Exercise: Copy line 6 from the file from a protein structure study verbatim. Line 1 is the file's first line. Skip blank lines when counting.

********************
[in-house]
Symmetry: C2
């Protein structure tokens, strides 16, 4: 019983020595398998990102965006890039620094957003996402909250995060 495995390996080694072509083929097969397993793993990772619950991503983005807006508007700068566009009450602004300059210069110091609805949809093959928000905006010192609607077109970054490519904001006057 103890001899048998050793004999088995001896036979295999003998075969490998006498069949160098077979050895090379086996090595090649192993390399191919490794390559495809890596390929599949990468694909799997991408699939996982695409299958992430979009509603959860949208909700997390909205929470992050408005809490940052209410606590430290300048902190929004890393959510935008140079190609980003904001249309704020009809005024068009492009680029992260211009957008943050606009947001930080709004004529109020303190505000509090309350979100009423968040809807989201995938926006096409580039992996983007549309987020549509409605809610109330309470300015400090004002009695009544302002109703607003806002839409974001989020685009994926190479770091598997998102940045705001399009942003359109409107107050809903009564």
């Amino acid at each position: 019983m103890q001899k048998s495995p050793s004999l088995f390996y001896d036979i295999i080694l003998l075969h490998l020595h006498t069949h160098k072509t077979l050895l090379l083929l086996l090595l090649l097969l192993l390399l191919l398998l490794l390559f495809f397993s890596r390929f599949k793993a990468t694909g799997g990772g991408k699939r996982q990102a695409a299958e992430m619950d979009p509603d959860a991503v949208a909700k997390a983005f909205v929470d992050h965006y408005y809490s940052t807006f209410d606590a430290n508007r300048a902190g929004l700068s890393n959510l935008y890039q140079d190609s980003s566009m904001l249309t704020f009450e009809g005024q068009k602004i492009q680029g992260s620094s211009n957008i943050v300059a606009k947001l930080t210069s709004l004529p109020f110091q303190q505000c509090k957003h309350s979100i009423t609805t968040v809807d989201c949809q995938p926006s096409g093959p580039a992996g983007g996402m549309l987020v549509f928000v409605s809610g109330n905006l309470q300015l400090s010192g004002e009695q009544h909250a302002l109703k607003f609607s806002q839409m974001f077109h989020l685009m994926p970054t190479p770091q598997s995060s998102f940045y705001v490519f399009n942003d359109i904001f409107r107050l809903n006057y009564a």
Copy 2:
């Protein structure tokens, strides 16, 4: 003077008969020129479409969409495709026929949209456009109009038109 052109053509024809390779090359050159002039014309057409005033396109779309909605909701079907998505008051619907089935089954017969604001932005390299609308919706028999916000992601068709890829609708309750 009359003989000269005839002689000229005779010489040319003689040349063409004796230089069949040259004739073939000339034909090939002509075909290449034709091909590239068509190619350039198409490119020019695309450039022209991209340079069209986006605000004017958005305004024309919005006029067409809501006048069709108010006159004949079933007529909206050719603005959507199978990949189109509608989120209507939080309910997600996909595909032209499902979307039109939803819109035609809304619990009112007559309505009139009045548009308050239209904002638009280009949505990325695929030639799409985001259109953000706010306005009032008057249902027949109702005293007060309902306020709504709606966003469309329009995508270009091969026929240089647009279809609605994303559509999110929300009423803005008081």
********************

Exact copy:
């Protein structure tokens, strides 16, 4: 003077008969020129479409969409495709026929949209456009109009038109 052109053509024809390779090359050159002039014309057409005033396109779309909605909701079907998505008051619907089935089954017969604001932005390299609308919706028999916000992601068709890829609708309750 009359003989000269005839002689000229005779010489040319003689040349063409004796230089069949040259004739073939000339034909090939002509075909290449034709091909590239068509190619350039198409490119020019695309450039022209991209340079069209986006605000004017958005305004024309919005006029067409809501006048069709108010006159004949079933007529909206050719603005959507199978990949189109509608989120209507939080309910997600996909595909032209499902979307039109939803819109035609809304619990009112007559309505009139009045548009308050239209904002638009280009949505990325695929030639799409985001259109953000706010306005009032008057249902027949109702005293007060309902306020709504709606966003469309329009995508270009091969026929240089647009279809609605994303559509999110929300009423803005008081």